The introduction of a central bank digital currency (CBDC) could significantly boost gross domestic product, new research from the Bank of England suggests.
The BofE's deputy governor of monetary policy Ben Broadbent appears before the Lords economic affairs committee on Tuesday to talk about a possible 'Britcoin' — a universally accessible and interest-bearing central bank liability, implemented via distributed ledgers, that competes with bank deposits as medium of exchange.
In their paper, his colleagues at the bank, John Barrdear and Michael Kumhof, say that such a plan could have major economic benefits, with issuance of 30% of GDP, against government bonds, potentially permanently raising GDP by as much as three per cent.
The paper acknowledges that with no historical experience and therefore data for empirical work it is difficult to calculate the possible benefits and costs of a CBDC. However, using a DSGE model calibrated to match the pre-crisis United States, they reach the thre per cent conclusion based largely on reductions in real interest rates, distortionary taxes, and monetary transaction costs.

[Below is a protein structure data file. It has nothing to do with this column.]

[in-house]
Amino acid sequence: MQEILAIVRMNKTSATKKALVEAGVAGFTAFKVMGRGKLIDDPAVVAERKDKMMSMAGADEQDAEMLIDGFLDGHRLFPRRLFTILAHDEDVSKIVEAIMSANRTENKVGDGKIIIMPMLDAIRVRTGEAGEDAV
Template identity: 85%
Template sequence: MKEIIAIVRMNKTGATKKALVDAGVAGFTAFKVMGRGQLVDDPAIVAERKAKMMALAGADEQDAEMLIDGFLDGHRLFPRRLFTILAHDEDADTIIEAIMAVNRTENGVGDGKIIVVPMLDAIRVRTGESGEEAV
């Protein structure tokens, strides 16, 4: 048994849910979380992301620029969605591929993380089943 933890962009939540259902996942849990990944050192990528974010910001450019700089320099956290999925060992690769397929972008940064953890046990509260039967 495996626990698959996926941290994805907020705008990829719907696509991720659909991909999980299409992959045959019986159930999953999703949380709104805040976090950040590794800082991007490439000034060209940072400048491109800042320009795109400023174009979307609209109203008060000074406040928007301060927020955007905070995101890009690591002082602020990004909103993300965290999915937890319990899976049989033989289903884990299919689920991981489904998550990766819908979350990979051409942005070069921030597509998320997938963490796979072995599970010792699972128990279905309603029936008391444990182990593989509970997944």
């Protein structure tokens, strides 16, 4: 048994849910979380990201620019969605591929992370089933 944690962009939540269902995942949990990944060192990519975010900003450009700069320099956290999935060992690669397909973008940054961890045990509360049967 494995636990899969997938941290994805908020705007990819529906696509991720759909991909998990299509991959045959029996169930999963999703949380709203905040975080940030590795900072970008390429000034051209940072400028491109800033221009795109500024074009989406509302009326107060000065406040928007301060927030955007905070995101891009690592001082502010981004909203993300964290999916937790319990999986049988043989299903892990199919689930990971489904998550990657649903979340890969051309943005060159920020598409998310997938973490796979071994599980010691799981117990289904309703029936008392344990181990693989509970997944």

Earlier this year Broadbent floated the idea of using distributed ledger technology to enable individuals to hold digital currency accounts with the central bank. In a speech at the London School of Economics he suggested a BofE account could be simply 'e-cash' that can only be used for retail transfers, or it could be a proper account that pays interest.
However, he warned that such a move would have far-reaching consequences for the commercial sector. On one hand it would make banks safer by reducing the risk of a run if a shock causes people to try to close accounts. However, he warned, taking deposits away from banks could make it harder for them to make loans and make them more reliant on wholesale markets.
The deputy governor's colleague, Andy Haldane, has also been exploring the issue, floating the prospect of abolishing paper cash and replacing it with a state-backed digital currency as a way of facilitating negative interest rates.
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